Vinyl Record Day 

If it weren’t for the telephone, there might not even be vinyl records today. Thomas Edison used the $10,000 prize money he received from the French government for winning the “Volta Prize” for inventing the telephone to set up a lab for acoustical and electrical research. What came out of that lab on this date in 1877 was the phonograph.
On Vinyl Record Day, set aside your iPods, mp3 players, and cassette tapes and listen to some music as it was intended; on vinyl records (scratches and all). That is assuming you still have your old vinyl record collection and turntable.

Julienne Fries Day

Contrary to popular folklore, french fries are not named after their country of origin. According to “Encyclopedia of American Food and Drink”, frenching potatoes refers to the process of cutting them into narrow strips. Saratoga Springs, N.Y. claims credit for inventing shoestring french fries in the 1850’s, however, according to “The Oxford Companion to American Food and Drink”, the origin of french fries dates back to 1795.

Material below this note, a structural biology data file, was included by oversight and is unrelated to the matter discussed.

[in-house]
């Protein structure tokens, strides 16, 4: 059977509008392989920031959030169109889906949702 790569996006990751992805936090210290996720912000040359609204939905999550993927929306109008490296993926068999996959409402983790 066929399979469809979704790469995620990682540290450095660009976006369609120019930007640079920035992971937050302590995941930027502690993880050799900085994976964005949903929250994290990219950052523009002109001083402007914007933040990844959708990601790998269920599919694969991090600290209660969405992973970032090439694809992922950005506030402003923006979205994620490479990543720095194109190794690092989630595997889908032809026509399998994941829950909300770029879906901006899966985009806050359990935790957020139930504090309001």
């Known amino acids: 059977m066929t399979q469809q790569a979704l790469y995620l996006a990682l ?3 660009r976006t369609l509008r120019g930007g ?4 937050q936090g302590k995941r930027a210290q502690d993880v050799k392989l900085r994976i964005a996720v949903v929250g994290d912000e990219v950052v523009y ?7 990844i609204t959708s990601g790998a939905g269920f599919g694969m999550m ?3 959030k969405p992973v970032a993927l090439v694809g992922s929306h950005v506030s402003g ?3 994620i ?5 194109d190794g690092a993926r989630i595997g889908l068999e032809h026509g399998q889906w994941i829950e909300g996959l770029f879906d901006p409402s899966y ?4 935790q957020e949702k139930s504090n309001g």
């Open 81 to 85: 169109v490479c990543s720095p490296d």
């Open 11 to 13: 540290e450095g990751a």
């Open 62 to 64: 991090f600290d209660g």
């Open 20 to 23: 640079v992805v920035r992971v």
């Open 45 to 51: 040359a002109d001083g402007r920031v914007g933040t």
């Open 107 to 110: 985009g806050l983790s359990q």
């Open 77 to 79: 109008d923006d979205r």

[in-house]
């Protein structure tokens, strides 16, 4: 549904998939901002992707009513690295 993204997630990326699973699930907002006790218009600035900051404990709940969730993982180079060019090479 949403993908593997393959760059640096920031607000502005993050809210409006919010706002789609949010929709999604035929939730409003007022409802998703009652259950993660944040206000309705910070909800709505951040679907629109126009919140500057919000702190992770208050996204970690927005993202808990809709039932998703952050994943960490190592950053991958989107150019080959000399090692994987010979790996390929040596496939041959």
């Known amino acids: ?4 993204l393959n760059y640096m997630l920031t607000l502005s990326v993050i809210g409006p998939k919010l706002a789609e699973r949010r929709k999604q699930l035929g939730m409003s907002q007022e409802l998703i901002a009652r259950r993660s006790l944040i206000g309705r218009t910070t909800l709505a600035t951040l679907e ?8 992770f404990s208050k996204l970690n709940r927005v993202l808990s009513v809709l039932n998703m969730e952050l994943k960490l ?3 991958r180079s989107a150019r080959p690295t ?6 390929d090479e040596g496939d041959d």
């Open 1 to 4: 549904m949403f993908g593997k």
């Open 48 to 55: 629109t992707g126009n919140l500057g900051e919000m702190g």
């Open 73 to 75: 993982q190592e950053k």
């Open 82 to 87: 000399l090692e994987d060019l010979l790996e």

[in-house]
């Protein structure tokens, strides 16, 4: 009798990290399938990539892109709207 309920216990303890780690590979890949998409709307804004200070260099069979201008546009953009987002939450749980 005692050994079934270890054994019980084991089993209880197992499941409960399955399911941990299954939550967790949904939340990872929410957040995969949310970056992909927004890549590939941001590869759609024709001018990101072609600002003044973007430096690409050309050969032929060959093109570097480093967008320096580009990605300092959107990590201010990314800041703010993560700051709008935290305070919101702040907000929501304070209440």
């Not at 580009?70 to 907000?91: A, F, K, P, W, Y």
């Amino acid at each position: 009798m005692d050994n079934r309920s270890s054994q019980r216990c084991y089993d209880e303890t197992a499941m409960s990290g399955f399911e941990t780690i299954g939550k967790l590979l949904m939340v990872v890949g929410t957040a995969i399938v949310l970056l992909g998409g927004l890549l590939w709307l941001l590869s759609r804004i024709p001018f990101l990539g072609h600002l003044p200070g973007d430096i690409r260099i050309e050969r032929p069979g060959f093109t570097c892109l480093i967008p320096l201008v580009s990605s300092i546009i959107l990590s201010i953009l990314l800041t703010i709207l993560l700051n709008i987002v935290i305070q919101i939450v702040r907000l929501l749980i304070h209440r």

The potato itself is a relative latecomer to the staple food chain. As recently as 200 years ago, they were either thought to be poisonous; or food fit only for livestock, prisoners, or peasants. However, the Incas were cultivating and eating potatoes in what is now Peru, Ecuador, and northern Chile as early as 750 BC. Their method for preparing potatoes wasn’t nearly as sophisticated as dropping them into boiling water or fat. They spread them out in rows and let them sit for a few weeks, then stomped on them with their feet. YUM! The Incas, in fact, literally worshiped the potato. If the potato crop failed, a few unlucky potato farmers actually had their lips and noses mutilated to appease the Potato Gods. Eventually, the Conquistadors took potatoes back to Spain where over a span of a century or two, they spread throughout the rest of Europe. However, they were still shunned by the ruling classes. Because of poverty, the Irish were the first Europeans to begin cultivating and eating potatoes, and in the mid-1800’s, it was the Irish immigrants who brought the potato the United States.

International Youth Day

World Elephant Day

On this date in:

  • 1851 – Isaac Singer was issued a patent on the double-headed sewing machine.